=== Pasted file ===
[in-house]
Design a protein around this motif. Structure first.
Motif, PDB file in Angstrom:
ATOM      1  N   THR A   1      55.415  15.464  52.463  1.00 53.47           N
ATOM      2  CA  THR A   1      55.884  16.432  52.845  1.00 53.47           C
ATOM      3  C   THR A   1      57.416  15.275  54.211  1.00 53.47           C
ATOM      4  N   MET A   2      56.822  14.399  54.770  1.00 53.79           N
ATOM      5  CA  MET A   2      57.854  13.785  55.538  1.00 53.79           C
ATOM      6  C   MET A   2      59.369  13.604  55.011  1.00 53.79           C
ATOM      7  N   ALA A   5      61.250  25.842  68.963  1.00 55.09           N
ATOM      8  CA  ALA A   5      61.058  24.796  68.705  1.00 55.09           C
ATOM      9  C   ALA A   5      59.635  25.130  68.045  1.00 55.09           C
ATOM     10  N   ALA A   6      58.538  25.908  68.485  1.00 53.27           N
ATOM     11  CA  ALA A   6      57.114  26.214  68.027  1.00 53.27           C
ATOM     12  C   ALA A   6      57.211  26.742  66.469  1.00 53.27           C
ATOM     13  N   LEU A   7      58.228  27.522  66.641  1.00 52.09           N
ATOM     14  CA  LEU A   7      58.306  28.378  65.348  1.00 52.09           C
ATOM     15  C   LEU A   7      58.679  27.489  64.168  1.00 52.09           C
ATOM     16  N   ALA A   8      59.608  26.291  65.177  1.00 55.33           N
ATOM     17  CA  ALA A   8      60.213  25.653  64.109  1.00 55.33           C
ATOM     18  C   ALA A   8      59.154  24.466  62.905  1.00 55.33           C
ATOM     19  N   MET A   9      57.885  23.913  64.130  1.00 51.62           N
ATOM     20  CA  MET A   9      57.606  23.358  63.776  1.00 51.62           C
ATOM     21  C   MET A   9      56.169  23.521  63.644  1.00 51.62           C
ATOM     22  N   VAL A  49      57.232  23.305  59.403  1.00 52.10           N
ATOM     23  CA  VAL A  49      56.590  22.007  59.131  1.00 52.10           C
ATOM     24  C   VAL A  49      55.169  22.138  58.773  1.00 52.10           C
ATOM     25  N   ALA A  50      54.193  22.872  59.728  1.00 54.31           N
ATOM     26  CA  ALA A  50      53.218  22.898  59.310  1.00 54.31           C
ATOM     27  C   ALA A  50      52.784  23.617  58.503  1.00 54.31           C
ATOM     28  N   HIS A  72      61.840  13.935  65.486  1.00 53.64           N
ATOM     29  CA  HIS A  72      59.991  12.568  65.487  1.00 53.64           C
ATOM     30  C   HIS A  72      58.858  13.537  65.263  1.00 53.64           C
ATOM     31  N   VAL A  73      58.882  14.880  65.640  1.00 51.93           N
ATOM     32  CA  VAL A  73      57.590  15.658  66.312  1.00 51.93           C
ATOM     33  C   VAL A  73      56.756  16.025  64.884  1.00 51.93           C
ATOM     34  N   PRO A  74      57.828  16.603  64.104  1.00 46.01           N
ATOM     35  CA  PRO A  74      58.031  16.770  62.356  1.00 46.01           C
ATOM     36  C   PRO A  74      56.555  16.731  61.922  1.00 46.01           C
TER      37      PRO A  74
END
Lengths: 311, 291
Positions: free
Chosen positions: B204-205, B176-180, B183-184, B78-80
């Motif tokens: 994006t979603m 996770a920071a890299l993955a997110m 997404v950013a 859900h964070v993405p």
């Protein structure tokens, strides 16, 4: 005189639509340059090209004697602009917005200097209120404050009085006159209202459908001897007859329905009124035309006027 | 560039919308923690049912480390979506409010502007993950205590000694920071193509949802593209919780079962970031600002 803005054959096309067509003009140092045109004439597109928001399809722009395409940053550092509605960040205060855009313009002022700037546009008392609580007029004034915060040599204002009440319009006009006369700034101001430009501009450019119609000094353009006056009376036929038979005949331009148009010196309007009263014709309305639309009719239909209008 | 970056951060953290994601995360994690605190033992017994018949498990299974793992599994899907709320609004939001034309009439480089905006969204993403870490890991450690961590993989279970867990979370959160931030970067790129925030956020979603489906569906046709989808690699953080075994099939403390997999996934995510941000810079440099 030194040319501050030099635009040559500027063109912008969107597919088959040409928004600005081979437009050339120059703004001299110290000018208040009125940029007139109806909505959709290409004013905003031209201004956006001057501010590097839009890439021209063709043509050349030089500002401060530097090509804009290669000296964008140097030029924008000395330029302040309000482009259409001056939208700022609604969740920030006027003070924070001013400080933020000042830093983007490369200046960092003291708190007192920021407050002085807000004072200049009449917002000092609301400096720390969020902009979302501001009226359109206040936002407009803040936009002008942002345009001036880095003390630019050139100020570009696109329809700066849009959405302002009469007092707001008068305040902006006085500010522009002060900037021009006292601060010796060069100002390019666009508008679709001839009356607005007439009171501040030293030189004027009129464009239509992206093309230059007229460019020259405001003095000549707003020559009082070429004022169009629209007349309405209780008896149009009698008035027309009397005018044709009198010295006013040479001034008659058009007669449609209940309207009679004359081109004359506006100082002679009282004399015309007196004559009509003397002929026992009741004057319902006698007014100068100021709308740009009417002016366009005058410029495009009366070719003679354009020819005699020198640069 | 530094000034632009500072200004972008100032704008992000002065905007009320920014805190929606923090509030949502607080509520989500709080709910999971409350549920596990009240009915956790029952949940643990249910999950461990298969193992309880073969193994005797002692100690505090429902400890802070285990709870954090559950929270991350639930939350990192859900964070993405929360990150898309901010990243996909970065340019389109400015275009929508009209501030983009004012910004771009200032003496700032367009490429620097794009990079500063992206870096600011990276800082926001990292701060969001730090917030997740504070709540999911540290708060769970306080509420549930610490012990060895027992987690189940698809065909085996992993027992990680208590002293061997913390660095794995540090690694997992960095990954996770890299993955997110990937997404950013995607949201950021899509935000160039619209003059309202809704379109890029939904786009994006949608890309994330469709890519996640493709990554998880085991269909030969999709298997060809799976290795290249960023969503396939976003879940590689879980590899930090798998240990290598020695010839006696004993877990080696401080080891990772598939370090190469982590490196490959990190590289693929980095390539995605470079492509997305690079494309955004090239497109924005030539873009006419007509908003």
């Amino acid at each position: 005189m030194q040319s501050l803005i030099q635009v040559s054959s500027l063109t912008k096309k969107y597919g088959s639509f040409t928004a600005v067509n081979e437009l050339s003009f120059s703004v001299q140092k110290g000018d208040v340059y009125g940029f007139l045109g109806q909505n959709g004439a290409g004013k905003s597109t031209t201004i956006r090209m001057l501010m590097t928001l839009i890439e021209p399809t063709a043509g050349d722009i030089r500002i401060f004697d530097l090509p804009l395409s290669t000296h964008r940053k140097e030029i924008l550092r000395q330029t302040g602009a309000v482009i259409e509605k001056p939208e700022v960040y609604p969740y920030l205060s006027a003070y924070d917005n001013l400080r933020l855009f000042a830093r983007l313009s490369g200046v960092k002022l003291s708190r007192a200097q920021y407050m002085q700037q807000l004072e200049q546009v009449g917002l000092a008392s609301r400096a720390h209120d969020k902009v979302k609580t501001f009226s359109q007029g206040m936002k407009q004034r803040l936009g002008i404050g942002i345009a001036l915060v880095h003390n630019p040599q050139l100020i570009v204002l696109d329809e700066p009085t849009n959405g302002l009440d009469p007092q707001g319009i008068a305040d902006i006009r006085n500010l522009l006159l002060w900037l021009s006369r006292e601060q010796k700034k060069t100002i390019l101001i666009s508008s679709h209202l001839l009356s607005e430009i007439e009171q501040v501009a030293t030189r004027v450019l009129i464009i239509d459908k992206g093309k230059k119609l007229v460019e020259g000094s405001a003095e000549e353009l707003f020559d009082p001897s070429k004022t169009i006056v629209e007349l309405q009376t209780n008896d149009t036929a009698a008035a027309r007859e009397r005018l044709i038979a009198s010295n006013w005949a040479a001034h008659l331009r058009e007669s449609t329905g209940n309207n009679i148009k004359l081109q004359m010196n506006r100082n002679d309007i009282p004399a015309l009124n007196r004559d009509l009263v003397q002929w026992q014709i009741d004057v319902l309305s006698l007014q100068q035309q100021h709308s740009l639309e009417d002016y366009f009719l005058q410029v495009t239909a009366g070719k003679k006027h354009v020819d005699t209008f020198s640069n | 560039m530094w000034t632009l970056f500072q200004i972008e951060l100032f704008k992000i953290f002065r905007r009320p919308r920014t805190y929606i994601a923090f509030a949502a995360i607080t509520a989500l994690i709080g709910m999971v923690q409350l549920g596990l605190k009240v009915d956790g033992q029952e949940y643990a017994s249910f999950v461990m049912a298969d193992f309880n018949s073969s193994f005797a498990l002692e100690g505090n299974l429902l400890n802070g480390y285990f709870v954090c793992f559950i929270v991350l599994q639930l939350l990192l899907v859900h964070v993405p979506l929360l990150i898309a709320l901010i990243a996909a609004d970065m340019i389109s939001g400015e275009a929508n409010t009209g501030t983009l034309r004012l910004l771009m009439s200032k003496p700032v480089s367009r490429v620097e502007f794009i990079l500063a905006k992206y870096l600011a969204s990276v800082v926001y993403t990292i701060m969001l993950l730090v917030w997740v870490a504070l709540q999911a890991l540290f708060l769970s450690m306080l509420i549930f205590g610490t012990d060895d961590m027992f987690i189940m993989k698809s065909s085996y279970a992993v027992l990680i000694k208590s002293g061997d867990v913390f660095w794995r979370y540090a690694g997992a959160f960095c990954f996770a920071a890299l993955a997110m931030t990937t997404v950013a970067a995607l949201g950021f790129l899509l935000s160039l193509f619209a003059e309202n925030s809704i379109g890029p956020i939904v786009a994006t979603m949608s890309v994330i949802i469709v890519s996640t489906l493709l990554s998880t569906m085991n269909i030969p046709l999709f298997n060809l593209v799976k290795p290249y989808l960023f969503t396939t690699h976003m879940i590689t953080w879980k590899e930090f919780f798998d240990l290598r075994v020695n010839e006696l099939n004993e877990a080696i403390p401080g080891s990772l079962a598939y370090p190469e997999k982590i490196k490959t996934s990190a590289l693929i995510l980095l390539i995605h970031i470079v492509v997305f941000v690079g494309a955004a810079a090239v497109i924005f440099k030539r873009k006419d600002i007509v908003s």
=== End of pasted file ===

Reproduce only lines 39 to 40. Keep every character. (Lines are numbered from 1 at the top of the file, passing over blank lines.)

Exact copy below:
ATOM     36  C   PRO A  74      56.555  16.731  61.922  1.00 46.01           C
TER      37      PRO A  74